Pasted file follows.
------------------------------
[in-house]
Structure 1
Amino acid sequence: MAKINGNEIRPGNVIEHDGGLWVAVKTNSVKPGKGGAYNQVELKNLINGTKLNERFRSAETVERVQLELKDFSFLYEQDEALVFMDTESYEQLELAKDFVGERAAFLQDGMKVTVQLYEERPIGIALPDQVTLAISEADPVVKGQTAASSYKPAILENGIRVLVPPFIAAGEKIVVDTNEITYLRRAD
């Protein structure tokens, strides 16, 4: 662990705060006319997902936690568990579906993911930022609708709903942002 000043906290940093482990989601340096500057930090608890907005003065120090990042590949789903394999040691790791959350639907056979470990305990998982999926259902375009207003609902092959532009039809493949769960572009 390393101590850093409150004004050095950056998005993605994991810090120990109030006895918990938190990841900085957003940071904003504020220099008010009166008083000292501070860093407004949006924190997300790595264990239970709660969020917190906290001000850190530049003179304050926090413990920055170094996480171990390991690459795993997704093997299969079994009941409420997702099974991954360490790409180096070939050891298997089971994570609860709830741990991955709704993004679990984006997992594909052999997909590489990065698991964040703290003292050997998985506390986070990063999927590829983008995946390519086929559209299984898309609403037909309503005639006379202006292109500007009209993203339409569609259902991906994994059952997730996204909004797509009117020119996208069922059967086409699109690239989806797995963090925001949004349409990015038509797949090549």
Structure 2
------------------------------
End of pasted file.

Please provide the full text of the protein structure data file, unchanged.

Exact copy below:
[in-house]
Structure 1
Amino acid sequence: MAKINGNEIRPGNVIEHDGGLWVAVKTNSVKPGKGGAYNQVELKNLINGTKLNERFRSAETVERVQLELKDFSFLYEQDEALVFMDTESYEQLELAKDFVGERAAFLQDGMKVTVQLYEERPIGIALPDQVTLAISEADPVVKGQTAASSYKPAILENGIRVLVPPFIAAGEKIVVDTNEITYLRRAD
């Protein structure tokens, strides 16, 4: 662990705060006319997902936690568990579906993911930022609708709903942002 000043906290940093482990989601340096500057930090608890907005003065120090990042590949789903394999040691790791959350639907056979470990305990998982999926259902375009207003609902092959532009039809493949769960572009 390393101590850093409150004004050095950056998005993605994991810090120990109030006895918990938190990841900085957003940071904003504020220099008010009166008083000292501070860093407004949006924190997300790595264990239970709660969020917190906290001000850190530049003179304050926090413990920055170094996480171990390991690459795993997704093997299969079994009941409420997702099974991954360490790409180096070939050891298997089971994570609860709830741990991955709704993004679990984006997992594909052999997909590489990065698991964040703290003292050997998985506390986070990063999927590829983008995946390519086929559209299984898309609403037909309503005639006379202006292109500007009209993203339409569609259902991906994994059952997730996204909004797509009117020119996208069922059967086409699109690239989806797995963090925001949004349409990015038509797949090549």
Structure 2